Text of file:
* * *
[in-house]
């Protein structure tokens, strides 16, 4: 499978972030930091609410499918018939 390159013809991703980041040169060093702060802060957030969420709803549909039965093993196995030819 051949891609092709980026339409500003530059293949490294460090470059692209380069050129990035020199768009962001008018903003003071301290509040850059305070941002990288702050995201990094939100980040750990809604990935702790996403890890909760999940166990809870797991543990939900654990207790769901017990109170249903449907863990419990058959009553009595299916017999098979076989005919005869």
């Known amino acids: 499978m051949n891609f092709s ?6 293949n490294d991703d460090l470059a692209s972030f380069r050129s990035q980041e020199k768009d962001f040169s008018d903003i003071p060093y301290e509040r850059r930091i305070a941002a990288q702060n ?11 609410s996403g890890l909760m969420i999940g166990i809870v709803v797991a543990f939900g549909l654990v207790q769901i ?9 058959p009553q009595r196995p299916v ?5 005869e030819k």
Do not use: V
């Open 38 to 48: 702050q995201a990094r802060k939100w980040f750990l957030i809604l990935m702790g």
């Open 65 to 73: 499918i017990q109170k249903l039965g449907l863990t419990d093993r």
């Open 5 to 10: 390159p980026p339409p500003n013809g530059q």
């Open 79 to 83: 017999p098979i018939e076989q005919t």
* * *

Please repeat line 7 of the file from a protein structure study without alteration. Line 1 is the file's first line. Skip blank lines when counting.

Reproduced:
């Open 5 to 10: 390159p980026p339409p500003n013809g530059q």